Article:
But parenting instincts right now, having heard that, they're not going to answer the question. What they're going to tell you is, keep listening. Dont turn off that radio dial. I want to know the answer. It matters. Now there's this broader perspective, which is about fear and anxiety and parents being scared. I dont think it's that information makes them scared. It's that bad information makes them scared.

MARTIN: Now, as I mentioned, youve been getting a lot of attention for "NurtureShock" - in part, I think, because it challenges some modern parenting assumptions, such as that lavish praise is good for kids, and that not talking about race somehow makes kids color-blind.

So first, I wanted to ask which information you decided to focus on for your book, and were there some assumptions that you had about child-rearing that were proven false or unhelpful by your research?

Mr. BRONSON: It probably seems to people out there like, one scientist says this and the other scientist says that, and one scientist says this and this scientist says that. That is not the case. The scientists have been reproducing each other's research, and been saying one thing, for 10 or 20 years. And we as a society just haven't been listening to that.

We have this idea that, oh, red wine is good for you, red wine is bad for you. Coffee's good for you, coffee's bad for you, and all the science about kids is the same way. The scientists dont feel that way at all. And the science in "NurtureShock," each chapter has at least 10 years of replicated research behind it.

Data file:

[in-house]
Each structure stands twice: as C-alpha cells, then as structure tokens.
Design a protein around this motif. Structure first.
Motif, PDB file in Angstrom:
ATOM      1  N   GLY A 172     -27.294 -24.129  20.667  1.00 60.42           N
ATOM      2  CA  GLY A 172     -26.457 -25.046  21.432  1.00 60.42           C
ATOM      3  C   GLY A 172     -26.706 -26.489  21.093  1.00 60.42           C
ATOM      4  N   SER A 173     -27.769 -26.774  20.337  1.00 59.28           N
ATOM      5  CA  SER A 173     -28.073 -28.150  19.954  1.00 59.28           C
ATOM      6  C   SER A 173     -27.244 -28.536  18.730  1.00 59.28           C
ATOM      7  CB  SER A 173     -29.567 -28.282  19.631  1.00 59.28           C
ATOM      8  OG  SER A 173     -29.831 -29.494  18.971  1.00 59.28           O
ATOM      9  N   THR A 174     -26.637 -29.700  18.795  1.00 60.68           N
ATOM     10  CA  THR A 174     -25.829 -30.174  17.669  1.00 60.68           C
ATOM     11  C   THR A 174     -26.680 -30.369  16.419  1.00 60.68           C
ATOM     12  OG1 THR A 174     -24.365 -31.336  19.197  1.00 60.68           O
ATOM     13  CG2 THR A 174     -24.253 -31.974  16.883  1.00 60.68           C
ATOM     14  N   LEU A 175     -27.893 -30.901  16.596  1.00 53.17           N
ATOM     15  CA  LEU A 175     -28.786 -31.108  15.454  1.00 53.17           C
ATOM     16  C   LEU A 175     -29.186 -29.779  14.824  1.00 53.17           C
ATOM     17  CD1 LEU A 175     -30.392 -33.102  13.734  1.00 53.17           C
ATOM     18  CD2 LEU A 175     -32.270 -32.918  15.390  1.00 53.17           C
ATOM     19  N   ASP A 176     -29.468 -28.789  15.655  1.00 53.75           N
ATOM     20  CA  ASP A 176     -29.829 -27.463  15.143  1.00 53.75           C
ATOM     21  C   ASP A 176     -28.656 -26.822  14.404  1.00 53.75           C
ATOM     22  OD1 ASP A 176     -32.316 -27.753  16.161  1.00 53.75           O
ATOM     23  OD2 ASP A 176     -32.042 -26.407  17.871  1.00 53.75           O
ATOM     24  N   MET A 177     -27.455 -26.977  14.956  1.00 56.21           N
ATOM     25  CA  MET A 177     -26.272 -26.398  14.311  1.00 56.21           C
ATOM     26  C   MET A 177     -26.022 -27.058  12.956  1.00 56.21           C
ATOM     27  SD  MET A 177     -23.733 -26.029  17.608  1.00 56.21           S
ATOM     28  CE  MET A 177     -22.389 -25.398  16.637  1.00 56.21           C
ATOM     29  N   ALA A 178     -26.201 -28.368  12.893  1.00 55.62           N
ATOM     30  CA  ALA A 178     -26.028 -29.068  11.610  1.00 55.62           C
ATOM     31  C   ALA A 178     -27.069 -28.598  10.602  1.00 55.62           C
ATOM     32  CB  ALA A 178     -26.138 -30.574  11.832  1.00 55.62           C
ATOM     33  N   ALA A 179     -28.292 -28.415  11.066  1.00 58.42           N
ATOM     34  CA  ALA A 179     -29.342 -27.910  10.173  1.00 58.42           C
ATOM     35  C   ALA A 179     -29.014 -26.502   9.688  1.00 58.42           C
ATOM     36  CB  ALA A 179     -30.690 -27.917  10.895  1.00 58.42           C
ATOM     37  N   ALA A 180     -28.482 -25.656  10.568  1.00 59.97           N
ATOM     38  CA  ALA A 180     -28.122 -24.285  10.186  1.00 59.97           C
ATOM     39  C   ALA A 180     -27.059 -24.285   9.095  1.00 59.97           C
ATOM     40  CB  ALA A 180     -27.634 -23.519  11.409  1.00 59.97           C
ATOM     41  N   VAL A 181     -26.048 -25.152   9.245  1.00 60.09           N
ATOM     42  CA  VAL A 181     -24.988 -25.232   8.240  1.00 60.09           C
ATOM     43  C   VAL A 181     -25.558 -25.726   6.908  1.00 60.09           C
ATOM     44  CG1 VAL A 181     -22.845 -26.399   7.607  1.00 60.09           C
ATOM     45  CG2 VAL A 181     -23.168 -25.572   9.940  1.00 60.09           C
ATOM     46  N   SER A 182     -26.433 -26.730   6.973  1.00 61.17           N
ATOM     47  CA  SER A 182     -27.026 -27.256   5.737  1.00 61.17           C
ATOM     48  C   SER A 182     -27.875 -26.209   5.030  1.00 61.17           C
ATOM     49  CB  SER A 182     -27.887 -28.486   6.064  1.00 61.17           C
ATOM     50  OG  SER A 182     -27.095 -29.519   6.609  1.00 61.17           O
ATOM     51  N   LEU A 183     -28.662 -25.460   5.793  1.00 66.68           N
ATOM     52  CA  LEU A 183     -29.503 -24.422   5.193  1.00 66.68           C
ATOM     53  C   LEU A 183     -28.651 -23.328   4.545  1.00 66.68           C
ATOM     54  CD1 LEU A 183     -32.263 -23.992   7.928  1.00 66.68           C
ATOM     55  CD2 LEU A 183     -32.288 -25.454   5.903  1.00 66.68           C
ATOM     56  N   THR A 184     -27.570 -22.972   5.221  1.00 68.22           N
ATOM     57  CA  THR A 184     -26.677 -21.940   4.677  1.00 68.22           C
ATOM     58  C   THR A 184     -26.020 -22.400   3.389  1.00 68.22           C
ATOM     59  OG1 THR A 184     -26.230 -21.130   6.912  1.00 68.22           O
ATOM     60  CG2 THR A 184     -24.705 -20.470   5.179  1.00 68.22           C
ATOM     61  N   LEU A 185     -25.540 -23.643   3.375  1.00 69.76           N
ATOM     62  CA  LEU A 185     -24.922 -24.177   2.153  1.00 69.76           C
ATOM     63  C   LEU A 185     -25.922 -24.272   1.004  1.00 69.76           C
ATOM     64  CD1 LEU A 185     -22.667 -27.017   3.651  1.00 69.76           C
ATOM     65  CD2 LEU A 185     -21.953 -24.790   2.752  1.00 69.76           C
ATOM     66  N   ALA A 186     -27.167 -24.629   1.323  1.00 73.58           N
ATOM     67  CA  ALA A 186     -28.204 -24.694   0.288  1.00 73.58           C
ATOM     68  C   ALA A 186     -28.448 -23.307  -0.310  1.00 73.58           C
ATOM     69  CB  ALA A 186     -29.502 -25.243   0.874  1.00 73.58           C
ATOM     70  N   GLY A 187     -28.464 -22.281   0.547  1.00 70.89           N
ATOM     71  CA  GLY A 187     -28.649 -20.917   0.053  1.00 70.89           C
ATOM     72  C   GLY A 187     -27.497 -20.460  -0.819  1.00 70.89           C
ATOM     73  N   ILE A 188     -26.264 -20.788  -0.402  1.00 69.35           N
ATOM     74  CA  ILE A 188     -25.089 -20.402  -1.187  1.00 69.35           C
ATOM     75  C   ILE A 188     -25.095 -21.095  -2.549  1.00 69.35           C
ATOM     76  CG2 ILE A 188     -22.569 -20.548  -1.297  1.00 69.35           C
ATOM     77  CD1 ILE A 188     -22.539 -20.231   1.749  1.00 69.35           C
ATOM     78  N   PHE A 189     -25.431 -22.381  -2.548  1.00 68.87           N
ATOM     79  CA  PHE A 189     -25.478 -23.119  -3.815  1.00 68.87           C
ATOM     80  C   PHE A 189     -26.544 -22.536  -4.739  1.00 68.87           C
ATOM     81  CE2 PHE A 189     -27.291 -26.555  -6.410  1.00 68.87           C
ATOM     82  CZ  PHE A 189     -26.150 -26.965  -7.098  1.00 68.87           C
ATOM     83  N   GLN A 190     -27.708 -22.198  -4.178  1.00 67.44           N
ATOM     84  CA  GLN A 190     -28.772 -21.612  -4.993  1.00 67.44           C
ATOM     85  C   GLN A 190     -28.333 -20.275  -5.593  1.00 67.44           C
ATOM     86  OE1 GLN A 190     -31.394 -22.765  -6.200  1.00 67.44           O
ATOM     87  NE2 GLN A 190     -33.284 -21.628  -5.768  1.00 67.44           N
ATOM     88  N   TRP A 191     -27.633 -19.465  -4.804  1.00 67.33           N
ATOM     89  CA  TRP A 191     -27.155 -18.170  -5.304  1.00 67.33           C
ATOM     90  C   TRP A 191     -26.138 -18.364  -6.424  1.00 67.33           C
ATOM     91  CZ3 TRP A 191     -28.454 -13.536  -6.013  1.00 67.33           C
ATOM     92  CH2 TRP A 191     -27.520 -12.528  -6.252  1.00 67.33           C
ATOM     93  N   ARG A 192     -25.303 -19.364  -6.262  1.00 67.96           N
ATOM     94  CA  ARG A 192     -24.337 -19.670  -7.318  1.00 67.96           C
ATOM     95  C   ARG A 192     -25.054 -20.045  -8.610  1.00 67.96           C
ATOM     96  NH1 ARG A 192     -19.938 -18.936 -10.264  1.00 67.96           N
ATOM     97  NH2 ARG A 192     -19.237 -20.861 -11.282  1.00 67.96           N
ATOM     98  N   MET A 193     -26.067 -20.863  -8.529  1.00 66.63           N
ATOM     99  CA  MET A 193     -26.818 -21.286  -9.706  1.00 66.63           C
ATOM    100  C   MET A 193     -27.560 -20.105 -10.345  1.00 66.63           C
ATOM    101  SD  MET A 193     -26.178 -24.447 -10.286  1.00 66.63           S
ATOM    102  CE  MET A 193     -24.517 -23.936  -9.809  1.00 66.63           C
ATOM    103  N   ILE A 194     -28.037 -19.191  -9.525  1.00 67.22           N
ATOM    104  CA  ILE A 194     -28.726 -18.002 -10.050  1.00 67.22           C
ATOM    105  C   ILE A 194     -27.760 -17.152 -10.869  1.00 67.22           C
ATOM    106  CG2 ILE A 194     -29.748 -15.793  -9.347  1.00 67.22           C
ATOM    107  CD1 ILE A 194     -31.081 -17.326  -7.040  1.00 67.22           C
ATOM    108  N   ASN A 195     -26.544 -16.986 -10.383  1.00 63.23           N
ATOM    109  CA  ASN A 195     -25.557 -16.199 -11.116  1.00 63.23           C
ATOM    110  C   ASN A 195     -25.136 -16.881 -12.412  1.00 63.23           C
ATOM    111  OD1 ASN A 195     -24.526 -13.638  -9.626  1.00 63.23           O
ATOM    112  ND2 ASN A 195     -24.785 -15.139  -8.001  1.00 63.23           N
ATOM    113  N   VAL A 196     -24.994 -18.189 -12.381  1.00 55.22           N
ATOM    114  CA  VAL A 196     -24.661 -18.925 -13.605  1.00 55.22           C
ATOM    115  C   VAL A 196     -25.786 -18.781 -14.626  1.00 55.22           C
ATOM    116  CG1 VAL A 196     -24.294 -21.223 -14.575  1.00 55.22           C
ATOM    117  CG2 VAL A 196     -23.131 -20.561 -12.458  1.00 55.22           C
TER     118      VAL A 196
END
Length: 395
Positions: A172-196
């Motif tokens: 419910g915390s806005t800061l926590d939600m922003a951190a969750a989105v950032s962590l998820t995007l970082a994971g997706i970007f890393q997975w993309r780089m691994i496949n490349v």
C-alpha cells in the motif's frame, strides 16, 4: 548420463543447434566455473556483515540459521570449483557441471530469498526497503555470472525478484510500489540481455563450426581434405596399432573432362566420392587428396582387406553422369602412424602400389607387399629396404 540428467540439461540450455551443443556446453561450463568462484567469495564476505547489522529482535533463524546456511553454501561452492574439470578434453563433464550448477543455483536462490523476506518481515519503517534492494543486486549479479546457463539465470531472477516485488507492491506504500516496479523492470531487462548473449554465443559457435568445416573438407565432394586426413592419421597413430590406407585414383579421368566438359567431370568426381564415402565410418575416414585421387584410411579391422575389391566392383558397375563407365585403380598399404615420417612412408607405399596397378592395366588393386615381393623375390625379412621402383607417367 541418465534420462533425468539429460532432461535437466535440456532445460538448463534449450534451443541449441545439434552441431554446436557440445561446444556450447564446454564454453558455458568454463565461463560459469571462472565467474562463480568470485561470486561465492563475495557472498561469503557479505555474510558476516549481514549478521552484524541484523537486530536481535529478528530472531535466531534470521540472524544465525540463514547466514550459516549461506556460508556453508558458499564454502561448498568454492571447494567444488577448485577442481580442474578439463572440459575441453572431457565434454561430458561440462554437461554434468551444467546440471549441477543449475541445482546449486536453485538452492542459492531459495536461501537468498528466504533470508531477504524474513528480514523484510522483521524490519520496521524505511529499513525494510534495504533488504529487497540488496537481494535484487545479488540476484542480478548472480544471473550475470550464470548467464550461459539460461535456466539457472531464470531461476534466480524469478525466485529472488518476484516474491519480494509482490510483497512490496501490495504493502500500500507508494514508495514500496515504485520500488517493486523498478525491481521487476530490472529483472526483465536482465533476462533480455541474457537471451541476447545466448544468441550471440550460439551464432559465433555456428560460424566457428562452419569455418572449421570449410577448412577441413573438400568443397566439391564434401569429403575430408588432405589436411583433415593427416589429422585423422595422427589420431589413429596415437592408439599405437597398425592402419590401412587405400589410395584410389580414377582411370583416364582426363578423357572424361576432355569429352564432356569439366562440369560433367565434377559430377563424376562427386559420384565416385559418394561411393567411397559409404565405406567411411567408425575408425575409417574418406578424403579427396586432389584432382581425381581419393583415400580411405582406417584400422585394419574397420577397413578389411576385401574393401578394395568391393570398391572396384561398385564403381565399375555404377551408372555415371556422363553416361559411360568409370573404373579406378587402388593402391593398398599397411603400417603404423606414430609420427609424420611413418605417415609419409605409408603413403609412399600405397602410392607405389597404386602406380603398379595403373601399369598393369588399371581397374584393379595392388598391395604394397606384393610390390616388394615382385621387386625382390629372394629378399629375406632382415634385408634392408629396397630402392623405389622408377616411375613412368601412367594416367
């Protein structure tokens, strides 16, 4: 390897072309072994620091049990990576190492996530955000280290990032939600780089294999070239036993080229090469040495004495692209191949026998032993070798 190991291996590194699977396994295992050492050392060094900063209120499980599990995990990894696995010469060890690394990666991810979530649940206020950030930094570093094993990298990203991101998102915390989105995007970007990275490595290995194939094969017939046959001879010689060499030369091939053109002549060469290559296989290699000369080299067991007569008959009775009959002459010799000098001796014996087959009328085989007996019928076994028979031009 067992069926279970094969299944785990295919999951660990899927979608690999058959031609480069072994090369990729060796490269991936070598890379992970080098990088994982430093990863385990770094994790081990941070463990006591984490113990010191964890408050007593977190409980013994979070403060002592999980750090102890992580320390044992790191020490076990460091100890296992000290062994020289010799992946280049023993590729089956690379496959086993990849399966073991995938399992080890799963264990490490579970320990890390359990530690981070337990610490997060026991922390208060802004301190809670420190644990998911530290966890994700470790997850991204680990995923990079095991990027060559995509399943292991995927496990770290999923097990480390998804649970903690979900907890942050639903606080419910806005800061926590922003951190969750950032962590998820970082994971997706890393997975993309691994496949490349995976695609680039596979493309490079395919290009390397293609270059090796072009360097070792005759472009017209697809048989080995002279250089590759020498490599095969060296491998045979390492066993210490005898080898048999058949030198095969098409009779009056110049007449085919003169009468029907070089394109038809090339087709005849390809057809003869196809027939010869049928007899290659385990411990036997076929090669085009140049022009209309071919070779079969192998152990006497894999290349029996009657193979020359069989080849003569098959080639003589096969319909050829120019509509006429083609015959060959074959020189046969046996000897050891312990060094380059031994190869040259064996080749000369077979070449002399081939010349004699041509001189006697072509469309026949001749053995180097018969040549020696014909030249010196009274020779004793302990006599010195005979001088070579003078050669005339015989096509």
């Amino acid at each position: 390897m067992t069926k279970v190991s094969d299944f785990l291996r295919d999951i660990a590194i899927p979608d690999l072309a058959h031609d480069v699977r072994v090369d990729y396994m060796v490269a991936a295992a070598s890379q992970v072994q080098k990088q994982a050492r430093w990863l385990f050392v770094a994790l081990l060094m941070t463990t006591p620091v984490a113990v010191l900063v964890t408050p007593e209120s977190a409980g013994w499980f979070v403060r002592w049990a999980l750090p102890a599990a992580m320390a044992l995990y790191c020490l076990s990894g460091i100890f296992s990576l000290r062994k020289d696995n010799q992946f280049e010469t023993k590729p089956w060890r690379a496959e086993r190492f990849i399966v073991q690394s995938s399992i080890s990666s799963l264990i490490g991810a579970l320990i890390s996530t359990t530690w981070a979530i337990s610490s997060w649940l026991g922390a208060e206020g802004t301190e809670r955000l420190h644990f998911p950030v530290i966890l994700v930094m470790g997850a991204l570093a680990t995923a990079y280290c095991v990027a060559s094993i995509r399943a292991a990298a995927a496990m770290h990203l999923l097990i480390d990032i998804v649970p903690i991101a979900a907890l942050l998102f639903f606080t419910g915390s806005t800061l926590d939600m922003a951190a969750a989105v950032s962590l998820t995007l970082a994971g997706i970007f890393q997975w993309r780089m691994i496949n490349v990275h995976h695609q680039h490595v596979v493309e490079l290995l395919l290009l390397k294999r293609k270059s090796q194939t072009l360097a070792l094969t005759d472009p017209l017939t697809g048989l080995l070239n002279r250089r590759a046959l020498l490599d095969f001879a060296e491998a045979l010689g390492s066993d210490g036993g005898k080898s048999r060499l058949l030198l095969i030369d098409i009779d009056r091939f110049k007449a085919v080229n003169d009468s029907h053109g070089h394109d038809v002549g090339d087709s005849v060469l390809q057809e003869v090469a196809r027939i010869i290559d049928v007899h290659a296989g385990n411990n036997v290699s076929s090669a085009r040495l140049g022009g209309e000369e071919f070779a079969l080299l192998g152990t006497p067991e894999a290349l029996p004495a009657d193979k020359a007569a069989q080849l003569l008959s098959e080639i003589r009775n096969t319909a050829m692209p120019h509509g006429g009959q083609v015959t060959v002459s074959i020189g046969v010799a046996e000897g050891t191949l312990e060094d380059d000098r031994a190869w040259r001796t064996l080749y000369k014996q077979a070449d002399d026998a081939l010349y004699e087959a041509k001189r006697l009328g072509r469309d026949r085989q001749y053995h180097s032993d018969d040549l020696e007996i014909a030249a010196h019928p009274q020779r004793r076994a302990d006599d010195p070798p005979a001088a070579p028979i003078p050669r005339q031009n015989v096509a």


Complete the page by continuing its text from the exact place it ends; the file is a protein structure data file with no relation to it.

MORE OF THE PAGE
MARTIN: So you were picking things where there actually is a consensus, we just dont know about it.

(Soundbite of laughter)

Mr. BRONSON: Exactly. So let's talk about talking about race because this was one of the big ones for me. You know, I was raising my kids believing that they were color-blind, believing that the only way racism could arrive in a child's brain was if it was taught to them. And I sent my children to a very diverse preschool, and I treated everybody in my life equally, and I thought that was going to get the message across just fine. But it doesnt because - important thing, which is that kid's brains are prone to essentialism.

They're tying to categorize the world, but they're not very good categorizers. They assume people who look like them must like the same things that they like. And that could be gender, could be hair color, could be shirt color, and it's definitely skin color because skin color is very visible and salient right in their lives. And you can hand 3-year-olds a deck of cards with little faces on them. You ask those 3-year-olds to pick out of the deck which kids would likely be their friends. Amongst white kids, 86 percent of them choose kids only of their own race. And you dont...